Paragraph Breaks

Always use a single line break between paragraphs. Multiple paragraph breaks is a big no-no in the industry. In addition, when you begin a new chapter always use a page break attached to the heading containing your chapter title — never hit the return key multiple times to get to the next page.

Widows And Orphans

A widow is a layout error that results in the last line of a paragraph being pushed to a new page. An orphan is a layout error that happens when the first line of a paragraph is the last line of a page. Both widowed and orphaned text should be avoided at all cost (word processors have a feature to automatically prevent this from happening).

Text Justification

Never left justify text blocks like you do when you write a letter, leaving the right edges unaligned (this is referred to as “ragged paragraphs”). The industry standards for nonfiction books require that text blocks be fully justified. That is, your text needs to align against both the left and right margins (cookbooks and art books are excepted).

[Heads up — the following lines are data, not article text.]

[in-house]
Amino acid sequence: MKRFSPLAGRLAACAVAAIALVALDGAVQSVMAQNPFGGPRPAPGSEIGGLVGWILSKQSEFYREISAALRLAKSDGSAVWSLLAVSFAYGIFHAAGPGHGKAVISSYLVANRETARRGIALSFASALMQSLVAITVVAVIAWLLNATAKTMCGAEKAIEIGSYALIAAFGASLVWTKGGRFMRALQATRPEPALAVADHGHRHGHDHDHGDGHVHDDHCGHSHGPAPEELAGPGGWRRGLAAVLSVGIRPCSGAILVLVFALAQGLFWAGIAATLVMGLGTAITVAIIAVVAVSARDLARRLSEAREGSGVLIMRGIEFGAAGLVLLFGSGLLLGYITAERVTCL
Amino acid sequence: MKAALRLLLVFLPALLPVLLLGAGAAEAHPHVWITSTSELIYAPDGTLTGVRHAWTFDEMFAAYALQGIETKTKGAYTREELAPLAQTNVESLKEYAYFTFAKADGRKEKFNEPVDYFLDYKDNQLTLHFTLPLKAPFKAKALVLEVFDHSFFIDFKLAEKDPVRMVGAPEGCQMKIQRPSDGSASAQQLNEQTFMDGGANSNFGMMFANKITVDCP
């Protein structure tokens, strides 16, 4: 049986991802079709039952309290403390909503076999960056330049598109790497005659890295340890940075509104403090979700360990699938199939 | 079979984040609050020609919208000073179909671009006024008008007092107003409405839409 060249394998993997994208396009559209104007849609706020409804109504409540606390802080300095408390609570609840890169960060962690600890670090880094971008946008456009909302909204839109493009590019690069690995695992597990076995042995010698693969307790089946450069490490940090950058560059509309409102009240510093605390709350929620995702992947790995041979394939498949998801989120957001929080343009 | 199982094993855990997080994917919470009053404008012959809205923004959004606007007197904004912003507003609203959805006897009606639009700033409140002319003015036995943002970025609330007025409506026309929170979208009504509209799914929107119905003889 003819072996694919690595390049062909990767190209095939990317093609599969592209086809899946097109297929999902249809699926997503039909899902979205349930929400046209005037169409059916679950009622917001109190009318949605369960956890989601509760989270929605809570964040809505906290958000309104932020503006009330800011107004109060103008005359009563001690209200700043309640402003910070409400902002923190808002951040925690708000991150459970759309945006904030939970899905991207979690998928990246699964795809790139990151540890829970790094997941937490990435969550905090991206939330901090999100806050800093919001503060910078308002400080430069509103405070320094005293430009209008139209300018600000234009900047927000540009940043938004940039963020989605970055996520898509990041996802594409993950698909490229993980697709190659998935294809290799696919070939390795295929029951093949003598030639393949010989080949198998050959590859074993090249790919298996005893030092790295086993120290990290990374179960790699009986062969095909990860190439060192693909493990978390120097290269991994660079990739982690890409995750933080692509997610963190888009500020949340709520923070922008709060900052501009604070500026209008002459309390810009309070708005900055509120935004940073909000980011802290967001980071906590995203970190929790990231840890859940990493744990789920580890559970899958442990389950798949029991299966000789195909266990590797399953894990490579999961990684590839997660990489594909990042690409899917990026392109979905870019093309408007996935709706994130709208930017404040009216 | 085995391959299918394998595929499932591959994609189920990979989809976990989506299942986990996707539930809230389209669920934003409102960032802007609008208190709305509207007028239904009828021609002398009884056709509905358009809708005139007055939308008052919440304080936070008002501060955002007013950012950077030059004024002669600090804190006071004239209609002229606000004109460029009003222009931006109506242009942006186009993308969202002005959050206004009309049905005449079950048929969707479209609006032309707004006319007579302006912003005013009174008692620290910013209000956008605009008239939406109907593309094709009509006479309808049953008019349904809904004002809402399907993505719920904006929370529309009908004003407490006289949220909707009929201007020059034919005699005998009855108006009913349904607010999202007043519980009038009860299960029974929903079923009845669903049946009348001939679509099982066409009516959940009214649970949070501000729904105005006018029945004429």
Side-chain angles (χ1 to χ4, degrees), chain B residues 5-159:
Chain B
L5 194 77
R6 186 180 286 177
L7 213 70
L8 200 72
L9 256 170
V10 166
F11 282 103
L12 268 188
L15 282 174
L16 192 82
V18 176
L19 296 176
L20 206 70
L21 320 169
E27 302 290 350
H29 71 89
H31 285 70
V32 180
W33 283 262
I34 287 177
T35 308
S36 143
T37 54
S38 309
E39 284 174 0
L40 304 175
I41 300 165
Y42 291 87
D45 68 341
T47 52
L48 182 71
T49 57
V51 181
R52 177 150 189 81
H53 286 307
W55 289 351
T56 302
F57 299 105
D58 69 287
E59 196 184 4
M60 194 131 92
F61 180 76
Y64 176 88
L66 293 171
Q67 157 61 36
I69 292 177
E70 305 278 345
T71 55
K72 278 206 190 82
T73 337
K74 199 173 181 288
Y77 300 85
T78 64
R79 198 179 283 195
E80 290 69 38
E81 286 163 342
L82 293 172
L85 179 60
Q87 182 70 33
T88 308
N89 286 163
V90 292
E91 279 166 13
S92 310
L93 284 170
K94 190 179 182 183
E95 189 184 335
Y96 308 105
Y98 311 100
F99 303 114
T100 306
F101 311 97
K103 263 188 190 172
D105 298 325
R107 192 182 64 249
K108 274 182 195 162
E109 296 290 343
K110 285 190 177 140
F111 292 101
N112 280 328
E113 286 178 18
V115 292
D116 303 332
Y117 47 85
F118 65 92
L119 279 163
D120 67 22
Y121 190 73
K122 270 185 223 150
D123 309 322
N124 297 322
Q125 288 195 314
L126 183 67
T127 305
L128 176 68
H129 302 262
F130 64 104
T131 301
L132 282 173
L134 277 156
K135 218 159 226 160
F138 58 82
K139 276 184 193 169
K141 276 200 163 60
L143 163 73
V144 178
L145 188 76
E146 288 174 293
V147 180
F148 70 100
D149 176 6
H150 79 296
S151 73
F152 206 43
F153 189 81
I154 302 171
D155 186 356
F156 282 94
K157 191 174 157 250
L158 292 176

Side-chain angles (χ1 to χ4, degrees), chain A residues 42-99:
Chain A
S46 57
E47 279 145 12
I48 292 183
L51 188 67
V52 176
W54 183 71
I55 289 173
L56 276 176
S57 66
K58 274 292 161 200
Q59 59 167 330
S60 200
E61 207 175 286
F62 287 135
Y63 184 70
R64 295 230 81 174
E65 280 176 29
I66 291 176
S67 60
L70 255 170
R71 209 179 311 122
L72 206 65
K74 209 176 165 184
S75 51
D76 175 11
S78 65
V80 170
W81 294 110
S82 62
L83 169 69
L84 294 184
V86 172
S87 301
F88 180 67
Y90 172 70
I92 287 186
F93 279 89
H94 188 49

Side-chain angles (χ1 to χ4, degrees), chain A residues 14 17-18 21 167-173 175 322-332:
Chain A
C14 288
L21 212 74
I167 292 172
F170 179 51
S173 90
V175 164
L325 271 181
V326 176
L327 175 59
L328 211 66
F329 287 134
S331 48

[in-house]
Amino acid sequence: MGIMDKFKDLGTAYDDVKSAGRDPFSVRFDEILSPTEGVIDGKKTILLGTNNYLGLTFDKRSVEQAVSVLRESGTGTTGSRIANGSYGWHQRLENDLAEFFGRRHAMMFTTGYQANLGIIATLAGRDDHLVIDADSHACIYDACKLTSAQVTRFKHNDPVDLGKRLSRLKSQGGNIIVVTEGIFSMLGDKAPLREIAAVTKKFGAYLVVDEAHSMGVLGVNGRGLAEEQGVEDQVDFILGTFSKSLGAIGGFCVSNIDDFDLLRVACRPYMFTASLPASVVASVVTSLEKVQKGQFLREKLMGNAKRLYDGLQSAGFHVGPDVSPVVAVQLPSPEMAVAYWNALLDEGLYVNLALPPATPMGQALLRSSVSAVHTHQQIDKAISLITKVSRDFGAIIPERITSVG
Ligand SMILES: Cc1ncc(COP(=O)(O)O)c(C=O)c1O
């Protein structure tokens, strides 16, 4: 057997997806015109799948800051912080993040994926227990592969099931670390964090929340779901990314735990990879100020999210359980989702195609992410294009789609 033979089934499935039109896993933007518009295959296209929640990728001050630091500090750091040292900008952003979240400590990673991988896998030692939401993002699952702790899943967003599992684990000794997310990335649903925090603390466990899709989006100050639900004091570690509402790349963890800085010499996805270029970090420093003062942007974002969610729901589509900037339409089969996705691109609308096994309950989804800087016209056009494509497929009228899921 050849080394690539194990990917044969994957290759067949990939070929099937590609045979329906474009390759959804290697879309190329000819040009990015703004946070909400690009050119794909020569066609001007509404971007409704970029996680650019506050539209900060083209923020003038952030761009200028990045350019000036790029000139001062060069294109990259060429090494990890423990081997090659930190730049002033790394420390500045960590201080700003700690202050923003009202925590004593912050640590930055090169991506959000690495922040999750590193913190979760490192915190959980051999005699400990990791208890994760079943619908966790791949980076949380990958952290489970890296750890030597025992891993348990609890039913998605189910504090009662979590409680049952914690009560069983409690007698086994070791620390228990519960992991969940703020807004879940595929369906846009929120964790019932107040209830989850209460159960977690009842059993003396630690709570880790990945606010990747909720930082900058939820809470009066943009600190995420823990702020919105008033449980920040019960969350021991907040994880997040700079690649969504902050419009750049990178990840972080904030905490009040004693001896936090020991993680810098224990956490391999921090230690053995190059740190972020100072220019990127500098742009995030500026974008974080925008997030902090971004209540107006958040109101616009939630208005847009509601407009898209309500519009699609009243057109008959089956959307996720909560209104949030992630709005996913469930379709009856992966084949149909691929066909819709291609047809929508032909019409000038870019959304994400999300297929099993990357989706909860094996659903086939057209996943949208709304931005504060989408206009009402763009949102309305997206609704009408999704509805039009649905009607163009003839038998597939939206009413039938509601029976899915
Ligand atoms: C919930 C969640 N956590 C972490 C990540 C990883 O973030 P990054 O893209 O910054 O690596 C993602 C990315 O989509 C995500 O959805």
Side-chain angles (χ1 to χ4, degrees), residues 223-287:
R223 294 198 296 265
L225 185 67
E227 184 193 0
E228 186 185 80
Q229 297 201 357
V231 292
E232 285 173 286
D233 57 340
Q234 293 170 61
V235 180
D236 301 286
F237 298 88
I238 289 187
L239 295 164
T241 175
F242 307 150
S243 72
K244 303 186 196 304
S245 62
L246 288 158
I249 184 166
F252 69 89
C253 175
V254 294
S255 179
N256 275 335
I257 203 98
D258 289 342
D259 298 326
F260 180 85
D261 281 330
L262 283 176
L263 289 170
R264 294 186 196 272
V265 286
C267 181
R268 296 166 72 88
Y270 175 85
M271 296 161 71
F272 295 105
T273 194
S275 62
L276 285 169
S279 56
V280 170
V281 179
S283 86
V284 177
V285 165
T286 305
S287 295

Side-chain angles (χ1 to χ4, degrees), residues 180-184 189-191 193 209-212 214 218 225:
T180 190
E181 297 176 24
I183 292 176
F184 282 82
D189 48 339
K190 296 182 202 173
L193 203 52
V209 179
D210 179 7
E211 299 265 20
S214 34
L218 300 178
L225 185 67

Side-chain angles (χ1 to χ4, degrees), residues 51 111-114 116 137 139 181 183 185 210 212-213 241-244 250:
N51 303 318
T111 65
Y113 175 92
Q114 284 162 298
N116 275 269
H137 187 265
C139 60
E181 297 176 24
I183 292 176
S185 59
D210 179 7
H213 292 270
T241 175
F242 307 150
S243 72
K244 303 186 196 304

Font Design

Avoid using “fancy” typography – they’re a sign of amateur design. Also, don’t use multiple typefaces in the body of your book. All paragraphs must be laid out with the same font types and font sizes. The only exceptions are captions for imagery and breakout boxes (explained above).

The font style you choose for your book design is the virtual “glue” that holds your reader’s attention. To the layperson, most fonts of the same type and size look similar (e.g. most serif fonts or most non-serif fonts). But in reality, the design of a font can make a huge difference in reader retention.

Graphical Elements

With everything spanning from photographs to artwork, to illustrations, charts, diagrams and tables, the judicious use of visuals can greatly enhance your book’s reading experience and help improve your reader’s understanding of the information in your book.

The key consideration is balance. Too many graphics bunched together can become a distraction. Too few will make your reader wonder why they are even there. Make sure that every single graphic has a clear purpose. Nonfiction readers are savvy and they expect all information in a book to be there for a reason. Misplaced, cluttered or confusing graphics are a sure way to lose them fast.

Image Resolution